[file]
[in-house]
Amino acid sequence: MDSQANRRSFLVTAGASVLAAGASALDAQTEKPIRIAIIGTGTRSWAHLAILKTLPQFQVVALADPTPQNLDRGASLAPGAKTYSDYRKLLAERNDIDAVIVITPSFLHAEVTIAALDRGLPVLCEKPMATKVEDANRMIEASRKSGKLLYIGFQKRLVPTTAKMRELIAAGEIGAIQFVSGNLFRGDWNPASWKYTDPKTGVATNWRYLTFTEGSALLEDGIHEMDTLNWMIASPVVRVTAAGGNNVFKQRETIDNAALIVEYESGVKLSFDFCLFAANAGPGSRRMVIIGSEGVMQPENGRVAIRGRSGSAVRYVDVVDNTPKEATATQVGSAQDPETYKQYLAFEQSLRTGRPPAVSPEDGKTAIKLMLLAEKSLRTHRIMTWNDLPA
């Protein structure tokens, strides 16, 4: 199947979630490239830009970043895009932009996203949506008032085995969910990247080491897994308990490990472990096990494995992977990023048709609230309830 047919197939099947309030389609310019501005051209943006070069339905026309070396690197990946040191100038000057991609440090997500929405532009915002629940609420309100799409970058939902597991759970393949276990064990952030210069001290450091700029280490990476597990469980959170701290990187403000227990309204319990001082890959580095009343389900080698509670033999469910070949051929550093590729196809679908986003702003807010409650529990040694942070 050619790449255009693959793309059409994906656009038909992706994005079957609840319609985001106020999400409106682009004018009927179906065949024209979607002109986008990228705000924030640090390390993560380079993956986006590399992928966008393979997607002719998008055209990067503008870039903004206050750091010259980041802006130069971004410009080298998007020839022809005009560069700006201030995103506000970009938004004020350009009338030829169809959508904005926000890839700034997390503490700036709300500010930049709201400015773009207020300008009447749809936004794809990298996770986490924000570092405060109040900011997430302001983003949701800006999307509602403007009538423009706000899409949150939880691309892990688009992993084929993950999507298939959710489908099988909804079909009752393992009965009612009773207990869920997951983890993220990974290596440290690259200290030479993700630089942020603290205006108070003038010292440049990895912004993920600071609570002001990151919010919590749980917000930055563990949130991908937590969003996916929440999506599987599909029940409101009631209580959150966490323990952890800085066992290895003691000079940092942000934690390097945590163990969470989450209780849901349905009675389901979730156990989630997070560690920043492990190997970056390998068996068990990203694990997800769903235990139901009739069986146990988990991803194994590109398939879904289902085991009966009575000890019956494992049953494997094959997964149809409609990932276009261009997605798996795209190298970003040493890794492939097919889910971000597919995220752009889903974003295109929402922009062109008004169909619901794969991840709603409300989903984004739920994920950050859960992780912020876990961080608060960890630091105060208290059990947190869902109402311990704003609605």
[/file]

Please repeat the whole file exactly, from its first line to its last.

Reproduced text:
[in-house]
Amino acid sequence: MDSQANRRSFLVTAGASVLAAGASALDAQTEKPIRIAIIGTGTRSWAHLAILKTLPQFQVVALADPTPQNLDRGASLAPGAKTYSDYRKLLAERNDIDAVIVITPSFLHAEVTIAALDRGLPVLCEKPMATKVEDANRMIEASRKSGKLLYIGFQKRLVPTTAKMRELIAAGEIGAIQFVSGNLFRGDWNPASWKYTDPKTGVATNWRYLTFTEGSALLEDGIHEMDTLNWMIASPVVRVTAAGGNNVFKQRETIDNAALIVEYESGVKLSFDFCLFAANAGPGSRRMVIIGSEGVMQPENGRVAIRGRSGSAVRYVDVVDNTPKEATATQVGSAQDPETYKQYLAFEQSLRTGRPPAVSPEDGKTAIKLMLLAEKSLRTHRIMTWNDLPA
């Protein structure tokens, strides 16, 4: 199947979630490239830009970043895009932009996203949506008032085995969910990247080491897994308990490990472990096990494995992977990023048709609230309830 047919197939099947309030389609310019501005051209943006070069339905026309070396690197990946040191100038000057991609440090997500929405532009915002629940609420309100799409970058939902597991759970393949276990064990952030210069001290450091700029280490990476597990469980959170701290990187403000227990309204319990001082890959580095009343389900080698509670033999469910070949051929550093590729196809679908986003702003807010409650529990040694942070 050619790449255009693959793309059409994906656009038909992706994005079957609840319609985001106020999400409106682009004018009927179906065949024209979607002109986008990228705000924030640090390390993560380079993956986006590399992928966008393979997607002719998008055209990067503008870039903004206050750091010259980041802006130069971004410009080298998007020839022809005009560069700006201030995103506000970009938004004020350009009338030829169809959508904005926000890839700034997390503490700036709300500010930049709201400015773009207020300008009447749809936004794809990298996770986490924000570092405060109040900011997430302001983003949701800006999307509602403007009538423009706000899409949150939880691309892990688009992993084929993950999507298939959710489908099988909804079909009752393992009965009612009773207990869920997951983890993220990974290596440290690259200290030479993700630089942020603290205006108070003038010292440049990895912004993920600071609570002001990151919010919590749980917000930055563990949130991908937590969003996916929440999506599987599909029940409101009631209580959150966490323990952890800085066992290895003691000079940092942000934690390097945590163990969470989450209780849901349905009675389901979730156990989630997070560690920043492990190997970056390998068996068990990203694990997800769903235990139901009739069986146990988990991803194994590109398939879904289902085991009966009575000890019956494992049953494997094959997964149809409609990932276009261009997605798996795209190298970003040493890794492939097919889910971000597919995220752009889903974003295109929402922009062109008004169909619901794969991840709603409300989903984004739920994920950050859960992780912020876990961080608060960890630091105060208290059990947190869902109402311990704003609605």